Willacy task force draws mixed reactions

RAYMONDVILLE — A new task force is drawing mixed reviews.

Law enforcement officials firmly stand behind the Willacy County Special Crimes Task Force.

But Lyford Mayor Wally Solis is concerned the unit could drain some of the officers in his small police department.

District Attorney Annette Hinojosa proposed the task force made up of her office’s investigators, the sheriff’s office and the Raymondville and Lyford police departments.

The task force was created to investigate major crimes, Raymondville Police Chief Uvaldo Zamora said yesterday.

“We’re pulling all our resources together,” Zamora said. “If I can use the district attorney’s office, the sheriff’s office and the Lyford PD, you’re looking at over 20 other law enforcement officers.”

Spence said the task force will offer the county’s law enforcement agencies more detectives to investigate major crimes such as drug operations.

“It’s a good deal. We’re going to try it out and see if it works,” Sheriff Larry Spence said earlier this week. “We’re working together to help each other out because most of us don’t have the manpower — especially investigators. It’s better than trying to do it alone. It’s much easier when you’ve got extra bodies to help.”

But Solis expressed concern the task force could sap officers from Lyford’s three-member police department.

“We’re short-staffed so I hope it doesn’t take away too much time,” Solis said. “I hope it doesn’t take away our officers from their duty. The citizens of Lyford are paying for our officers to serve the city of Lyford.”

Last Saturday, the task force launched its first assignment — raids on two Sebastian eight-liner arcades that led authorities to arrest nine employees.

During about three weeks of planning, the unit’s undercover investigation found the game rooms illegally paying out cash.

Spence said the task force provided enough law enforcement officers to launch two simultaneous raids.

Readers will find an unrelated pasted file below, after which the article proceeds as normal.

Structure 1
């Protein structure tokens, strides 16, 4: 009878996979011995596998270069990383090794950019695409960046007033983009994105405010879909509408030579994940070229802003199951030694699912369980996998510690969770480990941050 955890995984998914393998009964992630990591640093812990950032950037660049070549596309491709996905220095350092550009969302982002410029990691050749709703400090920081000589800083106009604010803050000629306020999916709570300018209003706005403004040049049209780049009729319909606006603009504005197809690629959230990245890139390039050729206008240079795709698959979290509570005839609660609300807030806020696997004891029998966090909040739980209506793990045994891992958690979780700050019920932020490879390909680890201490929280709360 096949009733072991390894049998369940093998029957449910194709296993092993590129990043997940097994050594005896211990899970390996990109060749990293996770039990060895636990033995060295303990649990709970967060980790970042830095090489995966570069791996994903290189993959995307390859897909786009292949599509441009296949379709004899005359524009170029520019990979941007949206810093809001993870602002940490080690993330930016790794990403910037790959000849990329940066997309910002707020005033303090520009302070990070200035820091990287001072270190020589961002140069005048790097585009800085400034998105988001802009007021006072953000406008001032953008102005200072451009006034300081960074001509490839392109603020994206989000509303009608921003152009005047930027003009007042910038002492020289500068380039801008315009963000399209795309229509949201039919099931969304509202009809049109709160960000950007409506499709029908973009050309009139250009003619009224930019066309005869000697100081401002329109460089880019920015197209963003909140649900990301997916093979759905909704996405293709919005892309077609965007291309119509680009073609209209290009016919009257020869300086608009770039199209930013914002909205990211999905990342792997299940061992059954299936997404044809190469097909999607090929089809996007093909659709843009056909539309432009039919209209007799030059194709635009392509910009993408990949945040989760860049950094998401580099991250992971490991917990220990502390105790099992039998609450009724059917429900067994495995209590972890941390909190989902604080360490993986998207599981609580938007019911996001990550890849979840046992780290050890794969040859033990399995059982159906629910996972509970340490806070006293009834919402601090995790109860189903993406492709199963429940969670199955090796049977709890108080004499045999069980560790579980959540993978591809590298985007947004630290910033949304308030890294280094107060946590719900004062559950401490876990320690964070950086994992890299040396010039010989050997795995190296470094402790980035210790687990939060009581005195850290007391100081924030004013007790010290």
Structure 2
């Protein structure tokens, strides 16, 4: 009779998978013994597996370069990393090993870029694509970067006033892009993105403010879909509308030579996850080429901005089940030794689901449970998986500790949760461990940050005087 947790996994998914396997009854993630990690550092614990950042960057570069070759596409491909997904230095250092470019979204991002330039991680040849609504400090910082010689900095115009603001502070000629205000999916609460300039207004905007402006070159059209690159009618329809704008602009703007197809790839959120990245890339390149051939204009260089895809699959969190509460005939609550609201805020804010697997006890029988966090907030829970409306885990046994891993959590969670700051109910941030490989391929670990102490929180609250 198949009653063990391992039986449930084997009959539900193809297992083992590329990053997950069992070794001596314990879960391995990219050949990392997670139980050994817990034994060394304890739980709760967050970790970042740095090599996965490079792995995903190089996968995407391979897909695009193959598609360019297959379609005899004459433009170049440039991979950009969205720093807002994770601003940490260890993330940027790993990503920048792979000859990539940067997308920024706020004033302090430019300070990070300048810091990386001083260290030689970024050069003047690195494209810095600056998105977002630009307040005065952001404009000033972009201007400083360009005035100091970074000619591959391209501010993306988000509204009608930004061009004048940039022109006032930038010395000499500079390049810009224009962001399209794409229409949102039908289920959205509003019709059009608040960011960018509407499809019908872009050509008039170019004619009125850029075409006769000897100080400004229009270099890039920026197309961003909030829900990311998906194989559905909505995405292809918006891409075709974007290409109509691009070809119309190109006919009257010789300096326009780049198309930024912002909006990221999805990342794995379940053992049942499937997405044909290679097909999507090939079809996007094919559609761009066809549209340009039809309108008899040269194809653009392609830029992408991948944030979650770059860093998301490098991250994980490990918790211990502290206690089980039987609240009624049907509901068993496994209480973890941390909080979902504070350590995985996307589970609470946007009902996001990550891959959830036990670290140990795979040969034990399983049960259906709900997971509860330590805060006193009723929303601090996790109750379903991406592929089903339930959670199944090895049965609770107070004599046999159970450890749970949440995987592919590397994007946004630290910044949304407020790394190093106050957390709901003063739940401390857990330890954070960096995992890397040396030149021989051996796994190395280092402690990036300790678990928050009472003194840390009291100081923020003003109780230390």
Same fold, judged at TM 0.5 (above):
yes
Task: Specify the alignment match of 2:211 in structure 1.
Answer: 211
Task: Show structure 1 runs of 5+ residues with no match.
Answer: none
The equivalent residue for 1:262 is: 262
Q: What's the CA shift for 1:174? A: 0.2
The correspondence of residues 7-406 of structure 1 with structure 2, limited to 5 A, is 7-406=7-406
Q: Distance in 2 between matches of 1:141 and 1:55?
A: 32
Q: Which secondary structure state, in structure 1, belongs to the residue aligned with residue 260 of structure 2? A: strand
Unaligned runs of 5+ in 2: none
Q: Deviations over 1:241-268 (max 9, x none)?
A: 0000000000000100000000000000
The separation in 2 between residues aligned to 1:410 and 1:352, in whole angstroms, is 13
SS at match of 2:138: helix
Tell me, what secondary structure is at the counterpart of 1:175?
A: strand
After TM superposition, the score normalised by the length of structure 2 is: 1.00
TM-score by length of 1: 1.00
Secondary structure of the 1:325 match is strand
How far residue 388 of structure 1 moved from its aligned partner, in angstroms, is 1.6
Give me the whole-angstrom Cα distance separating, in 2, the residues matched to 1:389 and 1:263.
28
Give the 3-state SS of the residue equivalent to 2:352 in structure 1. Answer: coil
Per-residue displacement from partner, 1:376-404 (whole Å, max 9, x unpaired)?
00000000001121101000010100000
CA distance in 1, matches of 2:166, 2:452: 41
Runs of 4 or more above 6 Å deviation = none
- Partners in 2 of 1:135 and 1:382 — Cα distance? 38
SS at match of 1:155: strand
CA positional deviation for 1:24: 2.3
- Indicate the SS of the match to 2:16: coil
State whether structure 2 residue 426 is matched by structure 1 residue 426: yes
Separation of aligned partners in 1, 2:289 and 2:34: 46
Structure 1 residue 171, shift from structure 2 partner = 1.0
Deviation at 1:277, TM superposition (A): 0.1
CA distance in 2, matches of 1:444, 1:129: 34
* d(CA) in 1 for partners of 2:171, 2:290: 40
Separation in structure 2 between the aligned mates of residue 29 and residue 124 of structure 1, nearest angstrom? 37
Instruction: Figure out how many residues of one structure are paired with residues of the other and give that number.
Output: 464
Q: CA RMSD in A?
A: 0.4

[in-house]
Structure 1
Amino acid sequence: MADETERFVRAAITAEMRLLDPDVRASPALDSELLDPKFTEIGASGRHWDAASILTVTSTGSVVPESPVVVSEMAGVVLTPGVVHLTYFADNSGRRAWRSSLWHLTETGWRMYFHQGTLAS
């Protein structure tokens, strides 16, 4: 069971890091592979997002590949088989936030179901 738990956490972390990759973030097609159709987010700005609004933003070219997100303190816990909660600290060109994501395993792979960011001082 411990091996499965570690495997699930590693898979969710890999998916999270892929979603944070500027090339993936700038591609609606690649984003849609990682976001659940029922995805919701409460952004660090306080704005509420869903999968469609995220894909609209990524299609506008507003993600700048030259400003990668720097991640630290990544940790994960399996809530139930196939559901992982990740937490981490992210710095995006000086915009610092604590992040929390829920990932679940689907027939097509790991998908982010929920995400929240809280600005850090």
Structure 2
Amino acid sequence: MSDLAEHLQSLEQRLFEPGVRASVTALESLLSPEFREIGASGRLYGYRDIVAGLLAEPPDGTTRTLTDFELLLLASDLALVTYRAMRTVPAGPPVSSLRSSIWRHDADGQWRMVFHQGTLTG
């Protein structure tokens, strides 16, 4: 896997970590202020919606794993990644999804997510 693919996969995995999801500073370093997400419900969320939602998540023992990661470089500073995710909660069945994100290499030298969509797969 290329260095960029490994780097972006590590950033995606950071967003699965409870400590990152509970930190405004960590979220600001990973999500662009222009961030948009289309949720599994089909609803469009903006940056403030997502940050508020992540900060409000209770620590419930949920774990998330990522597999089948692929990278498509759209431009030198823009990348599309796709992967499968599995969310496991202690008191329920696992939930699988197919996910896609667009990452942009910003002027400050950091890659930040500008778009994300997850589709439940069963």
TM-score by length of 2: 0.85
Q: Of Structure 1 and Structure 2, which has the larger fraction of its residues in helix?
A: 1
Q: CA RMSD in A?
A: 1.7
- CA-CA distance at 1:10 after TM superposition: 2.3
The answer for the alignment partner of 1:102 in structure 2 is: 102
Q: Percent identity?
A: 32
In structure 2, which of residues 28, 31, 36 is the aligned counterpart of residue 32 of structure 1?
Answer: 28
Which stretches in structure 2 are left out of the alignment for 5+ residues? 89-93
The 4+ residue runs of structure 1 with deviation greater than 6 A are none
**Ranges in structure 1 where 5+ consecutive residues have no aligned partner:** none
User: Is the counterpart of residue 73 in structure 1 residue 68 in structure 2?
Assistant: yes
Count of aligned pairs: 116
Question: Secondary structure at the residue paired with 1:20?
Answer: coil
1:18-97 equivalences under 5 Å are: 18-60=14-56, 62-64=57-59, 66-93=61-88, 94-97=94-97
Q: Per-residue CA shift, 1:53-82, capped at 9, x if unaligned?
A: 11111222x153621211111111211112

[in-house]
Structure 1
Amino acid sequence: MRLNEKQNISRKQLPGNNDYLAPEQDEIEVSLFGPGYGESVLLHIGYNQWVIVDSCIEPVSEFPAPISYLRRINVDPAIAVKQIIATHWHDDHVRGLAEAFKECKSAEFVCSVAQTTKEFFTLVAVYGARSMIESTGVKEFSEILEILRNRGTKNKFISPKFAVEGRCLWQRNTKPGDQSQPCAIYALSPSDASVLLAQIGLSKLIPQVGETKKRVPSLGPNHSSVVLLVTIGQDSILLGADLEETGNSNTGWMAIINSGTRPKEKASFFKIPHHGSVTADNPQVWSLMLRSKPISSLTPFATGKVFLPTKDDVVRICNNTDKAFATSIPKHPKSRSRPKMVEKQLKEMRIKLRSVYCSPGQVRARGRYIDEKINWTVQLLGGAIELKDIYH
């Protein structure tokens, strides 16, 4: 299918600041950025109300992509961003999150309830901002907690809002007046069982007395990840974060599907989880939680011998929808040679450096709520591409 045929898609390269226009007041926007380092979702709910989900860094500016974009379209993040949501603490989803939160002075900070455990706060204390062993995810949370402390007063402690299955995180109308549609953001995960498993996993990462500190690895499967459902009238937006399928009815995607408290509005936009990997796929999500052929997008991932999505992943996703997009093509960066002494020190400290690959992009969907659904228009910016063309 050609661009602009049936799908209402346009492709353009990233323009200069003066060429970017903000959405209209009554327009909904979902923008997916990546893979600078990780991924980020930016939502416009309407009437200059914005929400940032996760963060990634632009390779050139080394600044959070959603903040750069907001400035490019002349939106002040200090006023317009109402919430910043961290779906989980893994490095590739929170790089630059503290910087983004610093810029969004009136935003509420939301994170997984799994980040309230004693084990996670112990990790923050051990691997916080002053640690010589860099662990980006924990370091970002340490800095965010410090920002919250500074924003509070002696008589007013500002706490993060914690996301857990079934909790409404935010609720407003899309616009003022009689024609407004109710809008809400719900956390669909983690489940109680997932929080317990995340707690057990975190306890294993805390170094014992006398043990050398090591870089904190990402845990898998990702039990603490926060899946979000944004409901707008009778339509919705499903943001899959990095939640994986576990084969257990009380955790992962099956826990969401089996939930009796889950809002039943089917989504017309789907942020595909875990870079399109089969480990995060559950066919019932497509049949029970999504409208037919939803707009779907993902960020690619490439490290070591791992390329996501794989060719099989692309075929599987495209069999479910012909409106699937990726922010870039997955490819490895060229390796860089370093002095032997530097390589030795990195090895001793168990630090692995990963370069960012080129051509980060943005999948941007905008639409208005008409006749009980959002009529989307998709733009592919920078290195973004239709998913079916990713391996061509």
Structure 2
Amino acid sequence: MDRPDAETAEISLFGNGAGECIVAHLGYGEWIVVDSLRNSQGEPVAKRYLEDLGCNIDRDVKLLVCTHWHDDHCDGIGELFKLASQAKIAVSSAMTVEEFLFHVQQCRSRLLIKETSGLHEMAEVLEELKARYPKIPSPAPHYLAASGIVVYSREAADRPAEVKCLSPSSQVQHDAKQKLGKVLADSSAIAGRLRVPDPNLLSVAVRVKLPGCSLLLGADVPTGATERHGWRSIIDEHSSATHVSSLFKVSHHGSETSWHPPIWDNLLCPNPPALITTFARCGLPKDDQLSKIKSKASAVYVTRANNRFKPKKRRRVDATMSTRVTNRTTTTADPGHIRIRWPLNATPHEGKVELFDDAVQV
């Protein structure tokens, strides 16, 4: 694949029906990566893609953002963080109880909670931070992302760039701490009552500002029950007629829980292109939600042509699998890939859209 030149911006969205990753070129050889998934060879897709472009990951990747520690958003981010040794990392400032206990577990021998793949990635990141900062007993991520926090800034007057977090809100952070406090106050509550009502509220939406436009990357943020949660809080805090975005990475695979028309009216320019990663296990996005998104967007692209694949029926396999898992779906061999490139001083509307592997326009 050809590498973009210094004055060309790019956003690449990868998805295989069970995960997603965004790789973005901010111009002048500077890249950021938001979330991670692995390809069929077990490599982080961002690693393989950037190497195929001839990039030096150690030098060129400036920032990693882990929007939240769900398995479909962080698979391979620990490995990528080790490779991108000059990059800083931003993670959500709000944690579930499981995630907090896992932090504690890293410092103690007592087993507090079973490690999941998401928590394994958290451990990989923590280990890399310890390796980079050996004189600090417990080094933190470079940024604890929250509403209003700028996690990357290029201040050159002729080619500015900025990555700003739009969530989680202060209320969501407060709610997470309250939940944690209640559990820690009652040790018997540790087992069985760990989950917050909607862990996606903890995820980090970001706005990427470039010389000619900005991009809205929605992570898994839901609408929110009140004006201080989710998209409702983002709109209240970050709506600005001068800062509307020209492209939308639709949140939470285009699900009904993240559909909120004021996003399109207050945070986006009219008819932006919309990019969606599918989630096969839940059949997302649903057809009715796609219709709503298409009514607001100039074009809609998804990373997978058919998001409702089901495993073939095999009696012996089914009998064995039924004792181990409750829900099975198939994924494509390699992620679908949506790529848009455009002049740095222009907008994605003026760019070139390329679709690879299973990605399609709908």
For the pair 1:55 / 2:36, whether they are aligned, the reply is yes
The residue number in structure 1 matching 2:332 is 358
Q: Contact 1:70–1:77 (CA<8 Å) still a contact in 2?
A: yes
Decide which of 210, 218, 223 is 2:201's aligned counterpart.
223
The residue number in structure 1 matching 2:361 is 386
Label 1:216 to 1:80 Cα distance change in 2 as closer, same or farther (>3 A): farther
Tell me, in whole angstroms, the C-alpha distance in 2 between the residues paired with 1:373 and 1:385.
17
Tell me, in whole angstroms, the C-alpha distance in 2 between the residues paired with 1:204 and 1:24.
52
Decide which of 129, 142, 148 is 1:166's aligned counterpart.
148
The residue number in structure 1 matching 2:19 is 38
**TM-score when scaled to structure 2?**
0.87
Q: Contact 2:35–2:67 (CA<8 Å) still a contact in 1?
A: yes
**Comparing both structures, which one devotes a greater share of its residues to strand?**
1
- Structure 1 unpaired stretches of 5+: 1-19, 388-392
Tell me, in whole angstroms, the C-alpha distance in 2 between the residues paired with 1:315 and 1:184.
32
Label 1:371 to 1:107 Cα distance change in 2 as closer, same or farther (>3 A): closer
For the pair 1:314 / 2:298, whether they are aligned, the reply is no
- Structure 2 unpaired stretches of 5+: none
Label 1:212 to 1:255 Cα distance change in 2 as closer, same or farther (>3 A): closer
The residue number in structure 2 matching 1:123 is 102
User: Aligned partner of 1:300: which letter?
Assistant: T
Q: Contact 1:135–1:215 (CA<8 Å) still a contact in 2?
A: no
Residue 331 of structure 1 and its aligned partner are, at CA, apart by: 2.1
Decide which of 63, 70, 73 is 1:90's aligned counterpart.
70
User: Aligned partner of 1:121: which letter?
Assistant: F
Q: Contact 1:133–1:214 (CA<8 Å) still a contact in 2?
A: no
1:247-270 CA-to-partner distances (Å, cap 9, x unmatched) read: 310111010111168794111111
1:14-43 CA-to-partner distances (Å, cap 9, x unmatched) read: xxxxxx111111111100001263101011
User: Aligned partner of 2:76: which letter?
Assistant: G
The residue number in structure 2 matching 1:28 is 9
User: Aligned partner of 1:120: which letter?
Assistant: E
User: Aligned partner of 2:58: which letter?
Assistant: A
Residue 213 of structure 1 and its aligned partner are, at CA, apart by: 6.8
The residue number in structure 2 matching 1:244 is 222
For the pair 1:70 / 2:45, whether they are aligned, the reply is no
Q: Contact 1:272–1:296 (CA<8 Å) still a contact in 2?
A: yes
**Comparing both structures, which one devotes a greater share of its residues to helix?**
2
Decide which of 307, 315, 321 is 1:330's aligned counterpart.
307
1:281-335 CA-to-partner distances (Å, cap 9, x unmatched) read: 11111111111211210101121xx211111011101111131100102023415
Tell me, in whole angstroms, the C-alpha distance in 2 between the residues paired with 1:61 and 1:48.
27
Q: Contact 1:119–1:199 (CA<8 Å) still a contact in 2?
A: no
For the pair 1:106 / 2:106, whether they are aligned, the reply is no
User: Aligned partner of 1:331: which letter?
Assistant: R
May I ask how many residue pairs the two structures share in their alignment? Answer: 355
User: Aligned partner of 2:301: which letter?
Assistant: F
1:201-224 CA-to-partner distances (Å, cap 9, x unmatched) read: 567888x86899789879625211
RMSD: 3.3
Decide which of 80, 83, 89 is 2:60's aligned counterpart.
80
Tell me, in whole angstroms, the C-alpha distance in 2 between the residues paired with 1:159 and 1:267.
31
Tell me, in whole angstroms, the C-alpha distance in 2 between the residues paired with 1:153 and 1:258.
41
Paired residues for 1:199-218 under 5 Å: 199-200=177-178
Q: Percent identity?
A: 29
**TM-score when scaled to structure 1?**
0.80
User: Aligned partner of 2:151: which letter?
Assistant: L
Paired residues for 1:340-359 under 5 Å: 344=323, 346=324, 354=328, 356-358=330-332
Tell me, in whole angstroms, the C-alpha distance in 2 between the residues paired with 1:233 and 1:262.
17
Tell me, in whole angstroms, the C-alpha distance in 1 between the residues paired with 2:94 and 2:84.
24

Hinojosa proposed the task force to pull together the three law enforcement agency’s limited manpower.

“We’re still tweaking it,” Zamora said. “We have a lot to learn — a lot to put together.”

Spence said Hinojosa, who was unavailable for comment yesterday, oversees the task force.

“It’s mostly under her control,” Spence said. “This team is working under her umbrella.”

The task force is made up of a board consisting of officers from each department, Raymondville’s Zamora said.

Under an agreement, the agencies agree to equally split confiscated property after using seized assets to fund the task force’s operations.

Saturday’s game room raids netted $45,000 in cash.

Earlier this week, Lyford Police Chief Andres Maldonado agreed to participate in the task force.

“There exists a need to collaborate and combine law enforcement resources within Willacy County and the municipalities of Raymondville and Lyford to enhance the capabilities of law enforcement to prevent, disrupt, investigate and prosecute,” the agreement states.

According to the agreement, the law enforcement overseeing the area in which the crime occurred will take the lead role in investigations.

Under the agreement, the agencies will provide manpower and equipment to investigate crimes, participate in undercover operations and take part in criminal trials and prosecution.

Who’s in the task force?
  • Willacy County District Attorney’s Office
  • Willacy County Sheriff’s Office
  • Raymondville Police Department
  • Lyford Police Department